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Martha's Daffodils: Planting for a Harvest of Gold

I have always wanted a daffodil display garden somewhere on my property -- a place where I could plant with abandon hundreds, even thousands, of one of my favorite spring-blooming bulbs, producing a couple of weeks of what I call "wow factor." Over the years, I have visited many such extraordinary plantings, where masses of many different varieties of daffodils have been set into the landscape to bloom with maximum effect. My friend Shelby White has such a garden in Westchester County, New York; June Larkin has an incredible planting in Greenwich, Connecticut; and Winterthur, near Greenville, Delaware, boasts hundreds of thousands, amid towering trees and spectacular azaleas. And, of course, there is no prettier sight than the myriad beds of bright-yellow flowers in New York City's Central Park.

I had no sooner rebuilt the dry-laid stone walls around the perimeter of my property in Bedford -- great delineators that stand 48 inches tall and almost as wide -- when I started my annual bulb ordering. I thought I would plant my first display outside the wall, bordering Maple Avenue, a rather scenic, unpaved town road. Walking the terrain, I realized very quickly that if I planted as planned, I would most likely never see the flowers, for the wall obscured every bit of that view. All the joggers and hikers and drivers would see the daffodils, but not me.

So I altered my original plan, and that first autumn, in 2003, we planted something like 20,000 daffodils in one giant undulating mass inside the wall, in beds ranging from 12 to more than 20 feet wide and extending several hundred feet. The planting has continued: 2004, 20,000 bulbs; 2005, 20,000 bulbs; 2006, 15,000 bulbs. By 2007, we had almost filled the area and moved into the woodland. So I have learned a lot about this kind of mass planting, called naturalizing.

In fact, there are some daffodils and narcissi that are better suited for this than others. And each season, during blooming time, I have tried to be systematic in my study of the garden -- noting which daffodils reproduce and come back stronger each year; which weaken and return more sparsely; and, of course, which bloom first, second, third, and which are the shortest- and longest-lasting. All of this is variable, however, depending on the weather. Warm spring? Cold? Late snowfall? Lots of rain? Drought? I put all of this under the big category of "Gardening is fun, requiring patience and fortitude."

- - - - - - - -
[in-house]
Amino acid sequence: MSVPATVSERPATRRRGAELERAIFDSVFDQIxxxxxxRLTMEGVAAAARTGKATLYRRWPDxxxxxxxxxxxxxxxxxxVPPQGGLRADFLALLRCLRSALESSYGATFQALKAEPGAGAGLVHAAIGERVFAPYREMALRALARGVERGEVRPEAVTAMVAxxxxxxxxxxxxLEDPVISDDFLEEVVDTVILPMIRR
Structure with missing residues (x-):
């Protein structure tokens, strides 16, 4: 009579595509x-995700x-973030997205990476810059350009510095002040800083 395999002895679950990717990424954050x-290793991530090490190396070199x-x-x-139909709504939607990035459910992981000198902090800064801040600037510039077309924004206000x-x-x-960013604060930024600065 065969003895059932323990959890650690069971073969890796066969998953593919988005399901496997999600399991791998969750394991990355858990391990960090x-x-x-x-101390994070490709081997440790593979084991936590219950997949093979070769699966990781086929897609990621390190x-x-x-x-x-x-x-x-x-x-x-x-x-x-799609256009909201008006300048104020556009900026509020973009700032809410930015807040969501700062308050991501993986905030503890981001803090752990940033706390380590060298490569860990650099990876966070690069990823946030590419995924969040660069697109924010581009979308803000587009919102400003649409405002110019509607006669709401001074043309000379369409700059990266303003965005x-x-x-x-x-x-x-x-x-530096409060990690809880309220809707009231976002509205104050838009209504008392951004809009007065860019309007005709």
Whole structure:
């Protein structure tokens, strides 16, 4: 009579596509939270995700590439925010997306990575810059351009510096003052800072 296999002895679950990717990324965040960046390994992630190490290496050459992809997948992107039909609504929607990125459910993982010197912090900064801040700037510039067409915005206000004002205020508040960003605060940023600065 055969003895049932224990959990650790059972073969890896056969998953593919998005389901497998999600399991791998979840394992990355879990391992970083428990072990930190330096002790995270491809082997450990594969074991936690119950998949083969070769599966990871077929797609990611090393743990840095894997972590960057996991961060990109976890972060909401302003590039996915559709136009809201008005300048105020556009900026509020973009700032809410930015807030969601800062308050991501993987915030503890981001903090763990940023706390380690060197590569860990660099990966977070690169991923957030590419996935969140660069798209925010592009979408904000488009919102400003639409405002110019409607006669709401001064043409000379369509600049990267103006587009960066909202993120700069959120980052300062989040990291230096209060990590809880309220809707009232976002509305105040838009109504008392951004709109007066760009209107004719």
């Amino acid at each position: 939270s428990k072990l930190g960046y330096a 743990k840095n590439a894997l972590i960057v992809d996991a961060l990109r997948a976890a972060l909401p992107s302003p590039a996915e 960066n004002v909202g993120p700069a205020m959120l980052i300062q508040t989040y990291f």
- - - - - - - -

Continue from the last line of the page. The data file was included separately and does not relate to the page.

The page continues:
Simply by reading the catalogs -- Brent and Becky's Bulbs, Van Engelen, and Van Bourgondien Bulbs -- one can learn a tremendous amount about planting, nurturing, and landscaping with bulbs. Some of the strongest narcissi in my garden have been 'Actaea,' 'Flower Record,' 'Ice Wings,' 'Hawera,' 'Professor Einstein,' 'Pheasant's Eye,' 'Thalia,' and 'Erlicheer.' More wimpy and less vibrant and strong in growing habit are some of the pinkish varieties and narcissi 'Serola' and 'Suada.' I have overplanted some of those swaths of weaker bulbs with others in order to maintain a full and luscious border overall.

There was no way to dig individual holes for 80,000 bulbs, so my helpers and I devised a method that really worked for a mass planting like this. First the ground was cultivated to a depth of 8 inches with my Troy-Bilt cultivator. Then 7 inches of the softened earth was scraped away. (We did about 40 feet at a time.)

Bonemeal was worked into the subsoil, along with an inch of good, rich compost. The bulbs were then set 5 to 6 inches apart in this nice, soft bed. The soil that had been scraped away was then carefully strewn back on top of the bulbs, covering them to a depth of about seven inches. A great many bulbs can be planted this way in a relatively short amount of time.

In spring, after the daffodils bloom, we just let the foliage turn brown, and then it is raked away and put into the compost. More food is added to the top at the end of summer, and the bulbs, rejuvenated, rest until spring. If there is a lot of warm weather, as there has been this winter, I add an inch or two of compost to the entire bed to prevent the tender leaves from shooting through the garden surface -- if they do, frost may brown the leaves and damage early buds.

So far this year the beds seem fine, and I am looking forward to an even better display than the one you see in these photographs.

My daughter, Alexis, loves to bring buckets from New York to fill with flowers from these borders -- no matter how many are picked, the supply seems endless. Arrangements can be assembled from one type of daffodil or many, and additional foliage or flowers can be added. The resulting pleasure, in my opinion, is inestimable. And the deer don't eat daffodils!

See our gallery of daffodil arrangements.

Learn MoreĀ About Daffodils

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